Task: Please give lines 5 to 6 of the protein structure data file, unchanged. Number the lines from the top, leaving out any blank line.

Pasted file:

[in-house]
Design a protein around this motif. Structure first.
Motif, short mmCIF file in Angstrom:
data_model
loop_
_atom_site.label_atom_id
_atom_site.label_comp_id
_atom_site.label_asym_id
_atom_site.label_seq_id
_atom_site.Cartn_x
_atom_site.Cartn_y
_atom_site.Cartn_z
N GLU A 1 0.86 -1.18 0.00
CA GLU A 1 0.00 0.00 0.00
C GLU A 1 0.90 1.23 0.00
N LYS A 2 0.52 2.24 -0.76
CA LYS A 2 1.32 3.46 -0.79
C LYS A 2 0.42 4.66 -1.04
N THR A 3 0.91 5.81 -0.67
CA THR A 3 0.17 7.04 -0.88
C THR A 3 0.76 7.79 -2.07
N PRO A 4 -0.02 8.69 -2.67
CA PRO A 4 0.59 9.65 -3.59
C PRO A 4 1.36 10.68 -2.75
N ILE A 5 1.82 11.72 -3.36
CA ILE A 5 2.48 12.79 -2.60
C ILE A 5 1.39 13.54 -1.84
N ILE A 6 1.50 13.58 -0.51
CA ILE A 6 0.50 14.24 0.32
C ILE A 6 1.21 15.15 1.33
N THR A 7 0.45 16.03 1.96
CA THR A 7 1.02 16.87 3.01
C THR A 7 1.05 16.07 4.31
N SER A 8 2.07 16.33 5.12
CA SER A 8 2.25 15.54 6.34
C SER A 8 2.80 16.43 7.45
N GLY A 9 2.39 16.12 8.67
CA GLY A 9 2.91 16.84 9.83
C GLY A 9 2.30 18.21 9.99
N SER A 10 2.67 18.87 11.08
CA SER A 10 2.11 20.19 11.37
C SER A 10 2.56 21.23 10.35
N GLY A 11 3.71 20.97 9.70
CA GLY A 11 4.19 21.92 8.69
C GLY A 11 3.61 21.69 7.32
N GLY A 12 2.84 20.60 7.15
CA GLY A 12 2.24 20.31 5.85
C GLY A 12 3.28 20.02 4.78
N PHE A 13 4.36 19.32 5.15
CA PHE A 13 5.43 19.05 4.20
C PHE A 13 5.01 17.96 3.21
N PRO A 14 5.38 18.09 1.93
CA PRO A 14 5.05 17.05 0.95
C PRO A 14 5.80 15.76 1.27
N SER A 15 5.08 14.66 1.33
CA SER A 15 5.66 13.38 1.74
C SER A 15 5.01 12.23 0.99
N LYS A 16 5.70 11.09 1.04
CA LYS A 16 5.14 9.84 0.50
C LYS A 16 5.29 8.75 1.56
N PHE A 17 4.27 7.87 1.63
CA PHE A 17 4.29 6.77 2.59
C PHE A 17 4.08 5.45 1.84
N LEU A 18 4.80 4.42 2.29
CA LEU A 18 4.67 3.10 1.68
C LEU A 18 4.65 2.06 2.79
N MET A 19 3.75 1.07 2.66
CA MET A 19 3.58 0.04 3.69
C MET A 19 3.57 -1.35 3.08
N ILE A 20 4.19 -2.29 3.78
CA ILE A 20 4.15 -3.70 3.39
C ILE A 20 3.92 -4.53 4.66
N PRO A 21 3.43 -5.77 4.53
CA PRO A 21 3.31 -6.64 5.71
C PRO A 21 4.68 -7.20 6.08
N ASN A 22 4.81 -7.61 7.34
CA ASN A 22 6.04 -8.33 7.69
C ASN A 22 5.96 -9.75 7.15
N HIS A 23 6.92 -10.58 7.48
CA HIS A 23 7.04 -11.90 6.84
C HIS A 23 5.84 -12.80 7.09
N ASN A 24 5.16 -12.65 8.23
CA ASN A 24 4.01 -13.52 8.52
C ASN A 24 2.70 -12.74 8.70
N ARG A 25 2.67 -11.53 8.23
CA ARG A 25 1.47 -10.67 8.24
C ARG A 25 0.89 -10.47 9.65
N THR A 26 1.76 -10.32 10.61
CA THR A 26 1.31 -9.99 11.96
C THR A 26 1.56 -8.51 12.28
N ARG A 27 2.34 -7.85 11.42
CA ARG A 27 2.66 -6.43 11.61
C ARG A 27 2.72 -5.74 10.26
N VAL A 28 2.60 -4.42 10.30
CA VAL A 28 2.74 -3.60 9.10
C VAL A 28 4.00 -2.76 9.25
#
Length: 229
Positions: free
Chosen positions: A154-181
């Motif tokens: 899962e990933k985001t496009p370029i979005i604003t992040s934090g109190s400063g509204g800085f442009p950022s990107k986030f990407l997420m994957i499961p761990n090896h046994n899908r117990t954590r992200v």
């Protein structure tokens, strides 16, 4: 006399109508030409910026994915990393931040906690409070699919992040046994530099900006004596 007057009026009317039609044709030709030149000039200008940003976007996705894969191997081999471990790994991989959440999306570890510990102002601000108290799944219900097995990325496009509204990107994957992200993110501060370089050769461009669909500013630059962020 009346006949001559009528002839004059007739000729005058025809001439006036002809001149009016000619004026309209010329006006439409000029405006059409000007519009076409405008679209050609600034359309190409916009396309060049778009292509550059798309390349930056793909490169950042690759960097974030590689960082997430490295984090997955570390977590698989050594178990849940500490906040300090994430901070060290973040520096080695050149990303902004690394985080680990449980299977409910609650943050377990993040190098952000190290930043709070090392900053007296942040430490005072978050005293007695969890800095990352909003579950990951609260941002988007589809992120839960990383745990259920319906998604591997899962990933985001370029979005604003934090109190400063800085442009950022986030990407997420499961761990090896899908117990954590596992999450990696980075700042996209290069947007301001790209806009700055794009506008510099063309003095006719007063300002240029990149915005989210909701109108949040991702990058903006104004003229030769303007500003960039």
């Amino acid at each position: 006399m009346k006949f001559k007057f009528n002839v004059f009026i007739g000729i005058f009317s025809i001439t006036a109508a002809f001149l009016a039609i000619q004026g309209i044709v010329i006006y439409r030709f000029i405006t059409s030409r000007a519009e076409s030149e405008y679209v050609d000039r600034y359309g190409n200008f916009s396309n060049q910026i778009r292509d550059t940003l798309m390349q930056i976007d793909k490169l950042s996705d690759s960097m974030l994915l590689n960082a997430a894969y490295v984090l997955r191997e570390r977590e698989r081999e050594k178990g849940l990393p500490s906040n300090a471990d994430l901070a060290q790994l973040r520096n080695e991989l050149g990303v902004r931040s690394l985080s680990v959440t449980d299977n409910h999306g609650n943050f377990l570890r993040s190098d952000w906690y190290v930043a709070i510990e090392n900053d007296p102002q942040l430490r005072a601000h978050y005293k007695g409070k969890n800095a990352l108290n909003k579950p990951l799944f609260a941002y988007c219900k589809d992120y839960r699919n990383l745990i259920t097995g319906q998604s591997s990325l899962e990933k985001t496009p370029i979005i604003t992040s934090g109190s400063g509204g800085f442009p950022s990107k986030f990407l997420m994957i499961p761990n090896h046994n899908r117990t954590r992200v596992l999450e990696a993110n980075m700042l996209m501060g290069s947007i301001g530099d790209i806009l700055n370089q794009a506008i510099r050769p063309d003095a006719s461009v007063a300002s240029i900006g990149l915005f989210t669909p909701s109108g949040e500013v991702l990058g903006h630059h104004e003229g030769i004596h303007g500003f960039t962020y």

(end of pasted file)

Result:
loop_
_atom_site.label_atom_id